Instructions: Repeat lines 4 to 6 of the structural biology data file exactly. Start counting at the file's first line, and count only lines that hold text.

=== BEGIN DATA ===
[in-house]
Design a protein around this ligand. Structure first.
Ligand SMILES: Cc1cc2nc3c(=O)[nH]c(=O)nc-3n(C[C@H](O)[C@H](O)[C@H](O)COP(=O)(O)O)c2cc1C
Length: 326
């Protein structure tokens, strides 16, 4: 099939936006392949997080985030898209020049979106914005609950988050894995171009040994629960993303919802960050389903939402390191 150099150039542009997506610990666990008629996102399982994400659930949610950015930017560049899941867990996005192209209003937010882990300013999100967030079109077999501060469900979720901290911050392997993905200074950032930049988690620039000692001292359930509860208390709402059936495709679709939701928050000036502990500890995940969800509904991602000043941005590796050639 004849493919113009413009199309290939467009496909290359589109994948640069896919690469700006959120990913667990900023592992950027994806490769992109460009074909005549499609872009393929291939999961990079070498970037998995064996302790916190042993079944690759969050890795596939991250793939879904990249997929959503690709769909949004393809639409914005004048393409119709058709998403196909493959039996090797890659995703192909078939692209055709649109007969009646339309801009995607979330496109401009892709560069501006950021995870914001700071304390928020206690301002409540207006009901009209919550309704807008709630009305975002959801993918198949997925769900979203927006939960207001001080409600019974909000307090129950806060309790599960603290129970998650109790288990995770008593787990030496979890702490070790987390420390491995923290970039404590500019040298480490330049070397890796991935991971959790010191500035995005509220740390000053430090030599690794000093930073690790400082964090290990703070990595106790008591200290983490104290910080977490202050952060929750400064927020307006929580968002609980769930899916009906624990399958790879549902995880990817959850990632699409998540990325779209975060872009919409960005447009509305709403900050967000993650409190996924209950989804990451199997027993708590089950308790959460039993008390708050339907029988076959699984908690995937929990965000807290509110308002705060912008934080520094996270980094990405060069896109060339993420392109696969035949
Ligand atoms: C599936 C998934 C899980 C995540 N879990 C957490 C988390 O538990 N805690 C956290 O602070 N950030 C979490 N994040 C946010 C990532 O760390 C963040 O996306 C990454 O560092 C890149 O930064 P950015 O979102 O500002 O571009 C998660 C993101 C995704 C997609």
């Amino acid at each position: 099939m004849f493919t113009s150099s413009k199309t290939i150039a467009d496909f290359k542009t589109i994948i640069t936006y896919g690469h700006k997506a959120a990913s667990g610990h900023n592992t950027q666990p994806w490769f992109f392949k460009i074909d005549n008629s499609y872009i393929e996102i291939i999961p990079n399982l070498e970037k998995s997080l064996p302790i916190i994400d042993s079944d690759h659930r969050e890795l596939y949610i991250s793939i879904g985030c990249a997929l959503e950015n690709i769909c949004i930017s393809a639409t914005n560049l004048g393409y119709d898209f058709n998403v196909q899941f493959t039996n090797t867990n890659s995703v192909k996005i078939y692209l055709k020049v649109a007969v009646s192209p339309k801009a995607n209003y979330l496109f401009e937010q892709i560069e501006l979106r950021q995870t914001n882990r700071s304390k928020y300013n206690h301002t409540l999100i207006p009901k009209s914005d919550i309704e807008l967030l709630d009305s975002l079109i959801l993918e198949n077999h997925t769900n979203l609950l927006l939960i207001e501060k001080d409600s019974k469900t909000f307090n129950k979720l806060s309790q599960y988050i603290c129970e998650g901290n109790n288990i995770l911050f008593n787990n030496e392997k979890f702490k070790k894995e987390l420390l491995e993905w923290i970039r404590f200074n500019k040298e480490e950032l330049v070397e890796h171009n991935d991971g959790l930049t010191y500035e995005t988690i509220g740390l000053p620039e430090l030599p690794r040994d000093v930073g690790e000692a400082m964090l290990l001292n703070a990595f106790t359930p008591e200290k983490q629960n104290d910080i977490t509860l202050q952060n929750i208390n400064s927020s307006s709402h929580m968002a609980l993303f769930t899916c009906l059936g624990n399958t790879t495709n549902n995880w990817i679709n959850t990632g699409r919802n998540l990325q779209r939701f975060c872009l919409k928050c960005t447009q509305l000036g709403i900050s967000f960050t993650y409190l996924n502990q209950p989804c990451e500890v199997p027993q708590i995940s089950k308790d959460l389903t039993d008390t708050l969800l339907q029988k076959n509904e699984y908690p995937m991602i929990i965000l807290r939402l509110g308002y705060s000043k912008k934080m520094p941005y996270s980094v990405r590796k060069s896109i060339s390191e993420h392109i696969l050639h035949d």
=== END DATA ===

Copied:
Length: 326
């Protein structure tokens, strides 16, 4: 099939936006392949997080985030898209020049979106914005609950988050894995171009040994629960993303919802960050389903939402390191 150099150039542009997506610990666990008629996102399982994400659930949610950015930017560049899941867990996005192209209003937010882990300013999100967030079109077999501060469900979720901290911050392997993905200074950032930049988690620039000692001292359930509860208390709402059936495709679709939701928050000036502990500890995940969800509904991602000043941005590796050639 004849493919113009413009199309290939467009496909290359589109994948640069896919690469700006959120990913667990900023592992950027994806490769992109460009074909005549499609872009393929291939999961990079070498970037998995064996302790916190042993079944690759969050890795596939991250793939879904990249997929959503690709769909949004393809639409914005004048393409119709058709998403196909493959039996090797890659995703192909078939692209055709649109007969009646339309801009995607979330496109401009892709560069501006950021995870914001700071304390928020206690301002409540207006009901009209919550309704807008709630009305975002959801993918198949997925769900979203927006939960207001001080409600019974909000307090129950806060309790599960603290129970998650109790288990995770008593787990030496979890702490070790987390420390491995923290970039404590500019040298480490330049070397890796991935991971959790010191500035995005509220740390000053430090030599690794000093930073690790400082964090290990703070990595106790008591200290983490104290910080977490202050952060929750400064927020307006929580968002609980769930899916009906624990399958790879549902995880990817959850990632699409998540990325779209975060872009919409960005447009509305709403900050967000993650409190996924209950989804990451199997027993708590089950308790959460039993008390708050339907029988076959699984908690995937929990965000807290509110308002705060912008934080520094996270980094990405060069896109060339993420392109696969035949
Ligand atoms: C599936 C998934 C899980 C995540 N879990 C957490 C988390 O538990 N805690 C956290 O602070 N950030 C979490 N994040 C946010 C990532 O760390 C963040 O996306 C990454 O560092 C890149 O930064 P950015 O979102 O500002 O571009 C998660 C993101 C995704 C997609």